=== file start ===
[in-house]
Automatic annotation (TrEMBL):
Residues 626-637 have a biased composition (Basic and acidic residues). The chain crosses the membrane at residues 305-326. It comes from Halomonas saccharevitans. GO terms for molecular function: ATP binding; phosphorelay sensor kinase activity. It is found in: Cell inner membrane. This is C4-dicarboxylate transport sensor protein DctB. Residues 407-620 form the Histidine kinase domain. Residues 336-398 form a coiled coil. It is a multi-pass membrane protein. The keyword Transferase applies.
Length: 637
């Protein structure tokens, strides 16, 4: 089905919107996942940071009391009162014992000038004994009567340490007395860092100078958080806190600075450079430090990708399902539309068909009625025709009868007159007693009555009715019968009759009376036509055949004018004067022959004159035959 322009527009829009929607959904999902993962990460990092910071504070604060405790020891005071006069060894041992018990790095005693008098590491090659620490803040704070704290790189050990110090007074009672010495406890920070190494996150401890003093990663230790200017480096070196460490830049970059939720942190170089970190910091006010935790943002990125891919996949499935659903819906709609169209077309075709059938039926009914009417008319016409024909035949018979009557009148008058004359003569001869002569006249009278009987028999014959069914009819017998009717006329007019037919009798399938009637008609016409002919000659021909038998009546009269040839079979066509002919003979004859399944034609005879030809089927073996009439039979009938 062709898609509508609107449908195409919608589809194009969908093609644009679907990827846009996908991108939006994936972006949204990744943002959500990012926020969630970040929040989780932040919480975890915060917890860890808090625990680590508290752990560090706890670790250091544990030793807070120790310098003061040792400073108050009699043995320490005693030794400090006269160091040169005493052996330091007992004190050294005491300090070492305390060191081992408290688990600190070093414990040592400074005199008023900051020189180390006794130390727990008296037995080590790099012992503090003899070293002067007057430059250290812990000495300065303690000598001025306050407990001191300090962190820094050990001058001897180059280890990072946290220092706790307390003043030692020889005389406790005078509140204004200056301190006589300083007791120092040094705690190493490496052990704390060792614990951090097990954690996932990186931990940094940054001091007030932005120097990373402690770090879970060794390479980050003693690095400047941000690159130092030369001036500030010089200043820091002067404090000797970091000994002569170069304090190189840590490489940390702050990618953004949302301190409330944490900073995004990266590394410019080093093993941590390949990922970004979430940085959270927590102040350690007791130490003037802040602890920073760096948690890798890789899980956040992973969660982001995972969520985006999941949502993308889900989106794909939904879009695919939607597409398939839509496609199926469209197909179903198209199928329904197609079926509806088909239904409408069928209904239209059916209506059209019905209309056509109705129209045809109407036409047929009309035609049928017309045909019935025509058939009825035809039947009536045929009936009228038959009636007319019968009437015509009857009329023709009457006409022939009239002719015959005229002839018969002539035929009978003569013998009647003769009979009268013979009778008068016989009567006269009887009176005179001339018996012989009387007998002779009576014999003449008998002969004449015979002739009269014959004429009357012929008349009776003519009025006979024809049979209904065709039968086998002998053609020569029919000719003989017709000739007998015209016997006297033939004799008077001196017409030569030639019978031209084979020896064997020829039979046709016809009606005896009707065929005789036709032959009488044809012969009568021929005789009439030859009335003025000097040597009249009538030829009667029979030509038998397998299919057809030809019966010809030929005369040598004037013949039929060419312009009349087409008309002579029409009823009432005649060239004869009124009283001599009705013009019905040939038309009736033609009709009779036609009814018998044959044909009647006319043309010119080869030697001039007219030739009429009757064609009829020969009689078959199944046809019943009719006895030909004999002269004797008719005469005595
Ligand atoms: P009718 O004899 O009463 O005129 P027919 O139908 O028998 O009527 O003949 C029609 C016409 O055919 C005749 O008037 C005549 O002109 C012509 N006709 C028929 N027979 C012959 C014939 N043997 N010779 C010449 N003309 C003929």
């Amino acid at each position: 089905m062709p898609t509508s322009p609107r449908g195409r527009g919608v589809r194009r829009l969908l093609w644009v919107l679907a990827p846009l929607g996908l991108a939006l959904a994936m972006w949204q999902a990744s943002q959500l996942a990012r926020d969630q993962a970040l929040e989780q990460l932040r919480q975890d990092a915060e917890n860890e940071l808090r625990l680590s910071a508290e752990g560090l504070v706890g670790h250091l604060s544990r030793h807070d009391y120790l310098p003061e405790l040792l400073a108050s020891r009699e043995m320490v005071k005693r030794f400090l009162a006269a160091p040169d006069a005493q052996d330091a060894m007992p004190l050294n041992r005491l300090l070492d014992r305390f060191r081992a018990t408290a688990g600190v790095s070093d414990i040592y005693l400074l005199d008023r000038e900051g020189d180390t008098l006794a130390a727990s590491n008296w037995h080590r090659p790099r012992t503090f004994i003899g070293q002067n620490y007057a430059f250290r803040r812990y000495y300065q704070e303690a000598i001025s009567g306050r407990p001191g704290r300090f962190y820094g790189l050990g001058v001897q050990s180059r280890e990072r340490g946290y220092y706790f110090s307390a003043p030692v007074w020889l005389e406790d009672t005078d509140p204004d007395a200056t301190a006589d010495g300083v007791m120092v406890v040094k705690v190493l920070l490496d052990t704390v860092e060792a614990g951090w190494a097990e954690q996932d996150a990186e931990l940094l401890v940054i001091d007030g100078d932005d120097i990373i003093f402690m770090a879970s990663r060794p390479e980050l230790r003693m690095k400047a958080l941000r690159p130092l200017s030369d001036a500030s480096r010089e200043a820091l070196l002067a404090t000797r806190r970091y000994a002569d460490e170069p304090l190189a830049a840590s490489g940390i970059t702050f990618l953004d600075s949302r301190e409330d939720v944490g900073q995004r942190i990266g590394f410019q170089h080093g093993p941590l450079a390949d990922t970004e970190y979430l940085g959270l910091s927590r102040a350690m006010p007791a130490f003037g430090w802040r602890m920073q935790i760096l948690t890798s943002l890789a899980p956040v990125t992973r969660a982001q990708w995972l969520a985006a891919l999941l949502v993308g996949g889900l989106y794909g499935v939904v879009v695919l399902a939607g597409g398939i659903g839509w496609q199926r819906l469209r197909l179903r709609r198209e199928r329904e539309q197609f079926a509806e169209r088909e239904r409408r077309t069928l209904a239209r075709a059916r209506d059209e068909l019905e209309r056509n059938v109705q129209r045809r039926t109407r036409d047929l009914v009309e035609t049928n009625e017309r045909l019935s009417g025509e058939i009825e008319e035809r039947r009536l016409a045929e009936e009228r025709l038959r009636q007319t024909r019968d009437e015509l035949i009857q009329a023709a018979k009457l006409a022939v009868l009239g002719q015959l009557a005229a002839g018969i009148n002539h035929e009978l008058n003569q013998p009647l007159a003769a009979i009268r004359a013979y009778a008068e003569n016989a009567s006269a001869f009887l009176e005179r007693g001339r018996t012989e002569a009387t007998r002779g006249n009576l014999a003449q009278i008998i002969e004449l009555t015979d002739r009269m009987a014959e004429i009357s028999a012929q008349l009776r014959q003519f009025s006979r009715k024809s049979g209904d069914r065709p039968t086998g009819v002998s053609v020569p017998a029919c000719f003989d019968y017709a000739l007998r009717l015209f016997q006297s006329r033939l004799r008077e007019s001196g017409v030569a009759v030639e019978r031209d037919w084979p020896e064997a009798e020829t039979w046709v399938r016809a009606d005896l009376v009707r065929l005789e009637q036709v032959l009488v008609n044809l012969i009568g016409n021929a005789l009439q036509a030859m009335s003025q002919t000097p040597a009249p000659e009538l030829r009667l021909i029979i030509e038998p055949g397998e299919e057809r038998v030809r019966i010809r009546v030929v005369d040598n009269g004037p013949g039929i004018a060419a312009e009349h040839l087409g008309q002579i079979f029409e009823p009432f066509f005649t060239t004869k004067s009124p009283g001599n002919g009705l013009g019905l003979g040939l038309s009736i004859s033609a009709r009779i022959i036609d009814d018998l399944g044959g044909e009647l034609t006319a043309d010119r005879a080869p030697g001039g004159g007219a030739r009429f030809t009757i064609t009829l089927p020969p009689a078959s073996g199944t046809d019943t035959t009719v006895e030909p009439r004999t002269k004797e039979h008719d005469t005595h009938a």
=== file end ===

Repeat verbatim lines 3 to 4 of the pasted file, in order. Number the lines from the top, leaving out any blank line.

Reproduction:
Residues 626-637 have a biased composition (Basic and acidic residues). The chain crosses the membrane at residues 305-326. It comes from Halomonas saccharevitans. GO terms for molecular function: ATP binding; phosphorelay sensor kinase activity. It is found in: Cell inner membrane. This is C4-dicarboxylate transport sensor protein DctB. Residues 407-620 form the Histidine kinase domain. Residues 336-398 form a coiled coil. It is a multi-pass membrane protein. The keyword Transferase applies.
Length: 637